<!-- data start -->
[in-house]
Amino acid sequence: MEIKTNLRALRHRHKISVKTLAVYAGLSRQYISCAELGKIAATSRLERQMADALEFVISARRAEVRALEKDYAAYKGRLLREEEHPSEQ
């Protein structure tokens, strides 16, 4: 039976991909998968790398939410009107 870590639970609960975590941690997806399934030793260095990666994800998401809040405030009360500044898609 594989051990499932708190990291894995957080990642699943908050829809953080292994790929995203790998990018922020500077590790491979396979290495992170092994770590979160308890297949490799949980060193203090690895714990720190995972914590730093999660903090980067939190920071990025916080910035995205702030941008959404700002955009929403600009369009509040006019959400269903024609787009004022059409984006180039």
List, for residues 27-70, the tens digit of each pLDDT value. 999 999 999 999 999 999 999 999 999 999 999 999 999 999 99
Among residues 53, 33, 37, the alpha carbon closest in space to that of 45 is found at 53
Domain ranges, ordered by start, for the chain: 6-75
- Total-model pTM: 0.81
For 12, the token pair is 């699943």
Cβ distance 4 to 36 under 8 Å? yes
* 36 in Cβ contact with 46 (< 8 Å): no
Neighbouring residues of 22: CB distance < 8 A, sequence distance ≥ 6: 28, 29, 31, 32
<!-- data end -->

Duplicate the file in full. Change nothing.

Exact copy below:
[in-house]
Amino acid sequence: MEIKTNLRALRHRHKISVKTLAVYAGLSRQYISCAELGKIAATSRLERQMADALEFVISARRAEVRALEKDYAAYKGRLLREEEHPSEQ
């Protein structure tokens, strides 16, 4: 039976991909998968790398939410009107 870590639970609960975590941690997806399934030793260095990666994800998401809040405030009360500044898609 594989051990499932708190990291894995957080990642699943908050829809953080292994790929995203790998990018922020500077590790491979396979290495992170092994770590979160308890297949490799949980060193203090690895714990720190995972914590730093999660903090980067939190920071990025916080910035995205702030941008959404700002955009929403600009369009509040006019959400269903024609787009004022059409984006180039």
List, for residues 27-70, the tens digit of each pLDDT value. 999 999 999 999 999 999 999 999 999 999 999 999 999 999 99
Among residues 53, 33, 37, the alpha carbon closest in space to that of 45 is found at 53
Domain ranges, ordered by start, for the chain: 6-75
- Total-model pTM: 0.81
For 12, the token pair is 């699943």
Cβ distance 4 to 36 under 8 Å? yes
* 36 in Cβ contact with 46 (< 8 Å): no
Neighbouring residues of 22: CB distance < 8 A, sequence distance ≥ 6: 28, 29, 31, 32